Film Studies major Dexter Sterling Simpson, ’21, dreams of entering the documentary industry after graduation. To test the waters, he moved to New York City for two quarters last year to pursue an internship with a professional documentary house. One recent highlight of his documentary experience, though, occurred while working as a research assistant with Stanford sociologist and the William J. Perry Professor of Contemporary Korea Gi-Wook Shin.
The research assistant job, available through the Shorenstein Asia-Pacific Research Center (APARC), which Shin directs, provided Simpson with the opportunity to produce a film that documents how high-skilled migrants to the United States, including several Stanford scholars, continue to make significant contributions to their home countries and create mutually beneficial ties — or “brain linkages” — between the United States and their home countries. The documentary, called Brain Bridges and now available on APARC’s YouTube channel, showcases research that is part of Shin’s multiyear project studying global talent flows, brain hubs, and socioeconomic development in Asia.
“I started working on the project last summer and then continued remotely from New York before remote work became the new norm in the time of COVID-19,” says Simpson. “Surprisingly enough, the pandemic seemed to speed things up for us rather than slow them down. I would meet regularly with Professor Shin and the research team via Zoom to exchange updates and notes on my work. Several weeks ago, we held an outdoor, socially distanced interview shoot to close the film. It has been a unique challenge to work around the abrupt life changes caused by the pandemic, but it is deeply rewarding to emerge with a finished product that, I hope, is inspiring and informative.”
The film traces the stories of several Stanford scholars and Silicon Valley entrepreneurs who demonstrate that the migration of high-skilled professionals is not a zero-sum game in which the host country (in this case, the United States) receives a net inflow of human capital from the home country. “Rather than simply enhancing the competitiveness of the host country at the home country’s expense — a phenomenon commonly referred to as ‘brain drain’ for the home country and ‘brain gain’ for the host country — what we find is that brain drain offers opportunities for brain circulation and brain linkage, that is, home-host interactions that create a win-win, positive-sum situation for both sides,” explains Shin.
The story of Indo-American entrepreneur and venture investor Kanwal Rekhi is a case in point. When Rekhi came to the United States from India for graduate studies, he encountered prejudice in American society and criticism of his “unpatriotic” move in his home country. Undaunted, he advanced through the engineering ranks in several technology companies and in 1982, cofounded the computer networking company Excelan in Silicon Valley. Five years later, he became the first Indo-American entrepreneur to list a venture-backed company on the NASDAQ.
From a human capital perspective, Rekhi’s journey is a case of brain drain for India. Following his success, however, he became an advocate for border-bridging entrepreneurs, pushed Indian legislators to reform venture regulations, and cofounded The Indus Entrepreneur (TiE), a nonprofit with a mission to foster entrepreneurship globally. His efforts in Silicon Valley and India helped create a whole new generation of entrepreneurs and a tangible impact on the economies in both countries.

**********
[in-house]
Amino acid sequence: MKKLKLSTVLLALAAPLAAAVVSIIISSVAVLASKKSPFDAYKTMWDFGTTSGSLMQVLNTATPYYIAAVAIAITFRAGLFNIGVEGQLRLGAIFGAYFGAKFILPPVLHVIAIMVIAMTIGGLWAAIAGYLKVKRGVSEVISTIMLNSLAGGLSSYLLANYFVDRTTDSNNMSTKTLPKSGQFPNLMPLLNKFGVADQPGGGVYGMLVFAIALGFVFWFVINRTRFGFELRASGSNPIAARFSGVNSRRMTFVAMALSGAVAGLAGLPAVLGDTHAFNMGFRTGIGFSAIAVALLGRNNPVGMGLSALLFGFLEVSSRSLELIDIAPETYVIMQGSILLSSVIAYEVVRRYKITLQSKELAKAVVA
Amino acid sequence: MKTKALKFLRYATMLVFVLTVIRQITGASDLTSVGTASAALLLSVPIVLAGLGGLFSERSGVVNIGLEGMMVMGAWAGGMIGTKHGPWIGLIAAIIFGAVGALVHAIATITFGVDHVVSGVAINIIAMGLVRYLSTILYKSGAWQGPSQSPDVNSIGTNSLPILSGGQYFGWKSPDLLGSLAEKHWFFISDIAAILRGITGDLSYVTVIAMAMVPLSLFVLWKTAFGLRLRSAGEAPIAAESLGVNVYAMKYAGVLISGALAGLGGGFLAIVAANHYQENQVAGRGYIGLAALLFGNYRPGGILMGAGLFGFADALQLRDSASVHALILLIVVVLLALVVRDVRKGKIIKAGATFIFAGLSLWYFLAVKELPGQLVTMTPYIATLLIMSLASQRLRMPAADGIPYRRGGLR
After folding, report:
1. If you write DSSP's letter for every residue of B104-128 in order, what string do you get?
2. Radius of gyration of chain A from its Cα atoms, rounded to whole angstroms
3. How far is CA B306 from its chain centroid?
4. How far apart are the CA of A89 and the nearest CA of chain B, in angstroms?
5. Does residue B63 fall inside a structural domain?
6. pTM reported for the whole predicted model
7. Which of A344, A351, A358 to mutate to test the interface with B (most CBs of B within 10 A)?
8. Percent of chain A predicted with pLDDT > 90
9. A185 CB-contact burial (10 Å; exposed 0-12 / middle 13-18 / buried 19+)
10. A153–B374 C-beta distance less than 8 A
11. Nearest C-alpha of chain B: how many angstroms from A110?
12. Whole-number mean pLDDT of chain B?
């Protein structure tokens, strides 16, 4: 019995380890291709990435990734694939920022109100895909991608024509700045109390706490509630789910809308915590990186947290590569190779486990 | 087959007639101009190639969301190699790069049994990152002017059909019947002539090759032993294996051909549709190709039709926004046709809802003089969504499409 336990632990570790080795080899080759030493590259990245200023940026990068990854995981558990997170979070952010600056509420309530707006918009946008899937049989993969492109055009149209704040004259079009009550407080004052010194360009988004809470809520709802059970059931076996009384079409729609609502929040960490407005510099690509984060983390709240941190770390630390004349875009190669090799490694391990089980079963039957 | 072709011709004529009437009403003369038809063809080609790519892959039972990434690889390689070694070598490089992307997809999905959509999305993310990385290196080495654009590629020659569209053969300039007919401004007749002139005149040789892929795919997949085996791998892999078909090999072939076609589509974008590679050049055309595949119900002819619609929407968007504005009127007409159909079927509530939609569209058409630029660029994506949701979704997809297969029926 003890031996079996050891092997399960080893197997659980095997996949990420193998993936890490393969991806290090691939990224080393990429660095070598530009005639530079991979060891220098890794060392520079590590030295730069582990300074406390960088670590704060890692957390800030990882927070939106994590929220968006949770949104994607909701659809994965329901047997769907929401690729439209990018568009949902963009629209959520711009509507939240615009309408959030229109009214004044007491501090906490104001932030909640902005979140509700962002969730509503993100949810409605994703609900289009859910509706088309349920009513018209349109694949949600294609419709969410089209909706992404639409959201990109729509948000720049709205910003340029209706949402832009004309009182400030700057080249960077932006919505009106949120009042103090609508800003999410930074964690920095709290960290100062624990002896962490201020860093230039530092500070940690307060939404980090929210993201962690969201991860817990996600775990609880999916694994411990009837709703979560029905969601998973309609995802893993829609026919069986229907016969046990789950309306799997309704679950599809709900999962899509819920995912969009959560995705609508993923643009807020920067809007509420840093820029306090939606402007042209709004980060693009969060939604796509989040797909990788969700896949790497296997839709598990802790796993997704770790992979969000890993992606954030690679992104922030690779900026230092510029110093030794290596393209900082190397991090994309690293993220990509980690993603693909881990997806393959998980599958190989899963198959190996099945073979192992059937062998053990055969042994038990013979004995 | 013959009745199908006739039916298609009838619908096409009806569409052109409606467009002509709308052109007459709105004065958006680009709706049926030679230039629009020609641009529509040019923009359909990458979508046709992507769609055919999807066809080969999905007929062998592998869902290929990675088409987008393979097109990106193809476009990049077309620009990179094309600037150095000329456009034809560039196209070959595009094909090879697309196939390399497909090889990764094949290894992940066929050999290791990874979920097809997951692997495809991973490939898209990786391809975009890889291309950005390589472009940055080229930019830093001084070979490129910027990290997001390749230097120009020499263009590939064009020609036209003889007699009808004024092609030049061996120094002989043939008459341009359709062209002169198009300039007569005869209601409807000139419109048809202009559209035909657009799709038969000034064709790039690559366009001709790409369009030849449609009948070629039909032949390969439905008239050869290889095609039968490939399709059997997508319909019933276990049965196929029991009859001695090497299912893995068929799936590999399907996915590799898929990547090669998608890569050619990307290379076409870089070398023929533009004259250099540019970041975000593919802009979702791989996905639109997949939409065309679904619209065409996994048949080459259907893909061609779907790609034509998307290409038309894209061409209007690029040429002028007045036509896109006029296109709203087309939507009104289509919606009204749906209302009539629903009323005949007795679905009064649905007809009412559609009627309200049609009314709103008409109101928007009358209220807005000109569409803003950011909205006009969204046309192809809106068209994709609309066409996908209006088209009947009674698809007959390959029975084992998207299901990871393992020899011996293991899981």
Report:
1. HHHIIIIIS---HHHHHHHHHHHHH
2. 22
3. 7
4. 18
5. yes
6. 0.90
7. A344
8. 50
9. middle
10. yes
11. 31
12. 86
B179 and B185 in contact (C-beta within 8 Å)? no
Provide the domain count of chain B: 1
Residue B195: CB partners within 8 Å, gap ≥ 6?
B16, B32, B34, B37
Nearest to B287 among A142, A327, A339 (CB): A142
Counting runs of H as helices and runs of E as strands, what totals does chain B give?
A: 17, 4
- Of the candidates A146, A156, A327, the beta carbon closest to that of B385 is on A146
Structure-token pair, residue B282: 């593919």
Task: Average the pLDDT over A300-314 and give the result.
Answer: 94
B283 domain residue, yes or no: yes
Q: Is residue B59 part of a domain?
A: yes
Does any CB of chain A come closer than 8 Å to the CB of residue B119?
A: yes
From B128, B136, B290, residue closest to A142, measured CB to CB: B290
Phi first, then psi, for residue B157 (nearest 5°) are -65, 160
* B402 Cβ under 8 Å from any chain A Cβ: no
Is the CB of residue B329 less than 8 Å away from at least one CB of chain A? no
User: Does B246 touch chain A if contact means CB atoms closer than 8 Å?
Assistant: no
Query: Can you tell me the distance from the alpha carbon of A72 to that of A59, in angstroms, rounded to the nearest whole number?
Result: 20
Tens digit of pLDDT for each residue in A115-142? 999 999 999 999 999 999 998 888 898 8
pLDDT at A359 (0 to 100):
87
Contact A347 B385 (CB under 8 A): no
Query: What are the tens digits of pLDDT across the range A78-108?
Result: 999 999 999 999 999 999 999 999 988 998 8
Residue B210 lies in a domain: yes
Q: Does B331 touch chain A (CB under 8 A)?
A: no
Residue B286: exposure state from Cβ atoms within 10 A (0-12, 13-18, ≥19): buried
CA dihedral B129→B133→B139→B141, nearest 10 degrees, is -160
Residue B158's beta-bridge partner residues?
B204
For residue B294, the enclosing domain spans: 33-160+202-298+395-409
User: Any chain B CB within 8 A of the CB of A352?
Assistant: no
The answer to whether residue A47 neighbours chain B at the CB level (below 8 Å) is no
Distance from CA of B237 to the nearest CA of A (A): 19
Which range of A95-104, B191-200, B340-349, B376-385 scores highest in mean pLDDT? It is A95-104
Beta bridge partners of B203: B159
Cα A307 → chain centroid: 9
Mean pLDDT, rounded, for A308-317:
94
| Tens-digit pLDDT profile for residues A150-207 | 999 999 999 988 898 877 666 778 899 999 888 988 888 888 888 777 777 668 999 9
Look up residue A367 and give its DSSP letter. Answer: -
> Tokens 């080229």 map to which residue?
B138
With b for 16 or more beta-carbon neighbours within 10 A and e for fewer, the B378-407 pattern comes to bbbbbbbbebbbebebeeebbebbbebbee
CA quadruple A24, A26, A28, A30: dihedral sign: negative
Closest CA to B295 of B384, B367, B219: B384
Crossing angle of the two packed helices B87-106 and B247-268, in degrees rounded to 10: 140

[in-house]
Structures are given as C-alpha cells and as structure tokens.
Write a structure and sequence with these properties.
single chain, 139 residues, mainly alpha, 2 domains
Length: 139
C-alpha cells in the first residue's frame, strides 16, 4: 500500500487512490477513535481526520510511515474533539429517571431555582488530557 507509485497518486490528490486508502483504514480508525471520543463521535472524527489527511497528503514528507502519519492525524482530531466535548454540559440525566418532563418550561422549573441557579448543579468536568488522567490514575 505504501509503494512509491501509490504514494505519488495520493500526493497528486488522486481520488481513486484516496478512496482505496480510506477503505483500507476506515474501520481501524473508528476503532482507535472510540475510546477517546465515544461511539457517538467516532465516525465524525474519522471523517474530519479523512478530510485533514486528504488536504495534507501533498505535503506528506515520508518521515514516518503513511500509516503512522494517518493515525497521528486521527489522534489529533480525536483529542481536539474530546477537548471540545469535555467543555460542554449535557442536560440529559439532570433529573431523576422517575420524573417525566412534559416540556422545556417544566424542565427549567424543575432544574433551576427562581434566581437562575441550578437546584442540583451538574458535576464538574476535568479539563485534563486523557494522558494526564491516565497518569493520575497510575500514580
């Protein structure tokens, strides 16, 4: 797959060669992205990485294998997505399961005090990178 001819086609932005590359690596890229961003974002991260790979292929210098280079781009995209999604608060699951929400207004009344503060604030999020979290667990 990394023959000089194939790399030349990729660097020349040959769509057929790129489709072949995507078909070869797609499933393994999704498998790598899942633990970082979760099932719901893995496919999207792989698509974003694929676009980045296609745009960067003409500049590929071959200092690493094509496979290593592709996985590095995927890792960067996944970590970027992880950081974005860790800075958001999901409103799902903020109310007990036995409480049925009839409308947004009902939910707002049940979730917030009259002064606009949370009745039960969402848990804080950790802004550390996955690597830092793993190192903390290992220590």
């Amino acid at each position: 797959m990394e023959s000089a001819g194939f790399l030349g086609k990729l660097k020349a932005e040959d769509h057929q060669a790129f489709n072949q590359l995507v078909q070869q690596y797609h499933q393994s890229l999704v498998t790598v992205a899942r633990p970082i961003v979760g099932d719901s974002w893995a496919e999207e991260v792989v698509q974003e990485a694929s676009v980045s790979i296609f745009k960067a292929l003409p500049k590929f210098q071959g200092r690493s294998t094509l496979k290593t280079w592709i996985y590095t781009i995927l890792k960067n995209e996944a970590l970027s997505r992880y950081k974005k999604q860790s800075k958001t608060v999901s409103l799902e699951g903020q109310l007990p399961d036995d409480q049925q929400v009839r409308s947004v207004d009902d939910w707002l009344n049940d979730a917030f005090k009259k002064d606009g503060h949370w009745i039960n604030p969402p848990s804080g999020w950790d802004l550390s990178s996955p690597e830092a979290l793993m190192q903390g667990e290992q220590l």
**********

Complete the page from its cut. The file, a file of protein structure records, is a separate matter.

“In considering brain linkage, we must shift from a view that regards labor primarily as human capital to a new model of labor as social capital,” notes Shin. “When educated professionals permanently leave their home countries, it is true that those countries lose the totality of education, skills, and experience embodied by these individuals. But when they stay engaged with the home countries, both home and host countries gain from the productive capacity embodied in the ties and networks linking many individuals and organizations.”
Simpson’s documentary film follows the transnational brain bridging stories of several other accomplished academics and industry leaders in Silicon Valley, including Hongbin Li, the James Liang Director of the China Program at the Stanford King Center on Global Development and a Senior Fellow of Stanford Institute for Economic Policy Research; Kyle Loh, assistant professor of developmental biology who heads the Loh laboratory at the Stanford Institute for Stem Cell Biology and Regenerative Medicine; Arogyaswami Paulraj, professor emeritus at Stanford’s Department of Electrical Engineering; Sievlan Len, Stanford graduate student in international policy studies; Gen Isayama, general partner and CEO at venture capital fund World Innovation Lab; Asha Jadeja, an entrepreneur, investor, and philanthropist; Young Song, CEO of desktop virtualization company NComputing; Mariko Yang, cofounder of STEAM education organization SKY Labo; and Eugene Zhang, a founding partner of early-stage venture capital fund TSVC.
The documentary film brings to life the powerful lesson from the research by Shin and his colleagues: that transnational social capital and ties spanning geographic and cultural distance remain vital to today’s global market economy, even more so in a time of political tensions at home and abroad.